Marie nodded. One thing every Gregor family member knew about her late husband, Drew, but the public hadn’t the slightest idea was that Drew was an alcoholic. His liver had died way before he did.
‘You’re going to be okay going back home alone?’
Marie debated whether to tell the truth, yes, or reply no. Perhaps what she hadn’t been able to do all those years ago, she’d be able to do now. After all, she was still in her finest shape, whereas Bill’s wife had let things slide enormously. ‘I don’t know… The house gets so quite, I almost feel like I’m the last one left on Earth.’
‘Why don’t you stay with Erika and myself for a couple of days? It’ll be a change for you, and you’ll have company?’
Marie smiled, a smile she hoped conveyed how grateful she was for his offer. ‘That would be a God send.’
Bill nodded and extended his arm towards her. Marie gladly took it, weaving her arm through his. ‘What would I do without you, Bill?’
‘Probably run away from this whole lot and wonder whatever happened to that vivacious young woman who bounced through our house way early for a party.’
Marie laughed. ‘Ah yes. Perhaps my mistake.’
Bill escorted her into the huddle of mourners and sympathizes. ‘I would have introduced you to Drew either way. In fact, it was the very reason I’d asked you to one of our drab parties.’
Marie felt her checks flush with heat. ‘What do you mean?’
Bill smiled down at her. ‘Drew saw you with me once and asked who you were, so I had promised I’d introduce you to him.’ He waved at a passerby who clasped his hand in a show of condolence. ‘And the rest is history.’
Marie could feel the anger boil inside her. How dare he? How dare he?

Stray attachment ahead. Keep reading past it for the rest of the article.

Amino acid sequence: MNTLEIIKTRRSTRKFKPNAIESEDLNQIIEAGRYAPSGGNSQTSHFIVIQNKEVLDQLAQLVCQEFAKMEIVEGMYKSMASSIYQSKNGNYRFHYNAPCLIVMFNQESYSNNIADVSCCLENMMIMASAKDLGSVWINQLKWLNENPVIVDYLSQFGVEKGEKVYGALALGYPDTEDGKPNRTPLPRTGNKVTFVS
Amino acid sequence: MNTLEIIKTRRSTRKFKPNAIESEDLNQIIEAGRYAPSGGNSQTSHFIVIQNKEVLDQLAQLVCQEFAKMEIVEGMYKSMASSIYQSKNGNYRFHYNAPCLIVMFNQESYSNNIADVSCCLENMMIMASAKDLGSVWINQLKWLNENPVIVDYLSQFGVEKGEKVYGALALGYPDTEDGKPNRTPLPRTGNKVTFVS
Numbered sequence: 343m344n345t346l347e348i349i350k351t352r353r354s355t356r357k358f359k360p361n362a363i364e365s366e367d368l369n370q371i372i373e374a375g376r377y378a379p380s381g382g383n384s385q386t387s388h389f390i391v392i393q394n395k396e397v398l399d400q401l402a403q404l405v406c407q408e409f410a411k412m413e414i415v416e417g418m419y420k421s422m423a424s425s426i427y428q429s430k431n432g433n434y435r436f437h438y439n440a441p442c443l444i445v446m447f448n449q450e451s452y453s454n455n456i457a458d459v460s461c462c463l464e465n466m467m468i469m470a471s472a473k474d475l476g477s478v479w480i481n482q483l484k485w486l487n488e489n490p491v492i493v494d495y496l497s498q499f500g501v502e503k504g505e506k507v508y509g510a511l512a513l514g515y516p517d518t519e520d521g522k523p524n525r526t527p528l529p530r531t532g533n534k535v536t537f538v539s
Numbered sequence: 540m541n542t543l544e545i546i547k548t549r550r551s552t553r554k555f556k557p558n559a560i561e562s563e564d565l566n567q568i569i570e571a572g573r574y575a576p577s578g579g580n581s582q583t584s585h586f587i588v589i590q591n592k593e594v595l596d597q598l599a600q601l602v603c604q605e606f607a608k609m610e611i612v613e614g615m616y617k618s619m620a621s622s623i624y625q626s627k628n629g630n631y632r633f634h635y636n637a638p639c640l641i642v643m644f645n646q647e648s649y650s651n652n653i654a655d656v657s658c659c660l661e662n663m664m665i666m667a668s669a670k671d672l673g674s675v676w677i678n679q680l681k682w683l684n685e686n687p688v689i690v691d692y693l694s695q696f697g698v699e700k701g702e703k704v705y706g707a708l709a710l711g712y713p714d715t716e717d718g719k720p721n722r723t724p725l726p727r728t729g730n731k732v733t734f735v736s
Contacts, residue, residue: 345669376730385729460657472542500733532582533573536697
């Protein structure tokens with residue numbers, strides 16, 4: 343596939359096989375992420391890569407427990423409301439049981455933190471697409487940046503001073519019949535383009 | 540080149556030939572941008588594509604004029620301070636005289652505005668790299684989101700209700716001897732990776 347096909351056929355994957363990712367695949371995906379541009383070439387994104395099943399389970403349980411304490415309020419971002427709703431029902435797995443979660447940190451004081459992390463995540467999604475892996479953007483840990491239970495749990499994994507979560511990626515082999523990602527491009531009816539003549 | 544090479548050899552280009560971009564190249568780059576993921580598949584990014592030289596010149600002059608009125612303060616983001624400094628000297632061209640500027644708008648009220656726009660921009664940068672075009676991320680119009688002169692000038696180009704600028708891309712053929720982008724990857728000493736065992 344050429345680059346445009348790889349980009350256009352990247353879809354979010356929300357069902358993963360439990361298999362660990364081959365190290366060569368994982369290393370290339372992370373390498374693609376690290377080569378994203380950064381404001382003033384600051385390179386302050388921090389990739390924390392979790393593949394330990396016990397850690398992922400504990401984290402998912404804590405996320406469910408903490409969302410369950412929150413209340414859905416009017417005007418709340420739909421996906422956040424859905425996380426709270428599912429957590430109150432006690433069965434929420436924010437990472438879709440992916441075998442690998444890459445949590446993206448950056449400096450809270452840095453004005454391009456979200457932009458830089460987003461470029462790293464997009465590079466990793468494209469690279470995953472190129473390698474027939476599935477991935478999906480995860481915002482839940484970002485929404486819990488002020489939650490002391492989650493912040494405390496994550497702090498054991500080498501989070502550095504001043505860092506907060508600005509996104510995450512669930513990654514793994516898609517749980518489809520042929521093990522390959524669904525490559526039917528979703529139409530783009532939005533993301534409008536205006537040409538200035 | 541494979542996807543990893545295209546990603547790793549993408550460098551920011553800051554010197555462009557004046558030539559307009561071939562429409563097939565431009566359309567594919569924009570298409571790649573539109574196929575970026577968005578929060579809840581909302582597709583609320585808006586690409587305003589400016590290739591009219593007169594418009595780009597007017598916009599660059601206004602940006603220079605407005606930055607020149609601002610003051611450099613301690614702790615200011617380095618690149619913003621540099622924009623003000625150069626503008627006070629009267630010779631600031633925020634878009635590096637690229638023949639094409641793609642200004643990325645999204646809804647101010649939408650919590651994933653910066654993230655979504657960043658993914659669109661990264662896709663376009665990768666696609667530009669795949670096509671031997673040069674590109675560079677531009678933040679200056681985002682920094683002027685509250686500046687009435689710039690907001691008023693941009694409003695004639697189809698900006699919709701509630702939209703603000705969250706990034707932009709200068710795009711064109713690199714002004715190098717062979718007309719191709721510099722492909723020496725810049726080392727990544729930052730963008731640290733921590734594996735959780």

You sit by the window staring out into nature. It’s night. The rain is battering musically on the roof of the house. It’s your down time. You’ve done everything needed doing for the day. You’ve even done all the dishes, and now, you sit by that window, your favorite relaxing spot. Perhaps you have a glass of wine to help you wind down. Perhaps you have music on, a roaring fireplace (or heater, or a snuggling blanket). It’s not even 9 on the clock. Maybe you have an hour to yourself before turning in for the night, because, let’s face it, you have a job to get to in the morning. What do you do for that hour to yourself? Perhaps you watch TV, maybe you read, maybe you do absolutely nothing, or, just maybe you write.
Now back up for a moment. Did I just describe what thoughts go through people’s mind when a writer tells them what they do, or aspire to do in life? I think I did. This is the misconception about writing that’s quite prevalent. Writing isn’t an easy thing to ‘do’.
Let me put it this way: if writing were easy to do, and something one can do simply in their down time, then wouldn’t you see a lot more people do it as a ‘hobby’? After all, how common is it to come across a person who says ‘Oh, I’ve been meaning to write for years,’ or ‘I have a story that would be fantastic as a book/film/tv series’. Plenty of people.
So here is the thing. Writing isn’t really easy. In fact, it’s very hard to do, in fact, it can take anywhere up to years to write one story. Not to mention the fact that once you write it, it’s still not done. It’s got to be edited a million times before it gets published. Sadly, some never see light of day.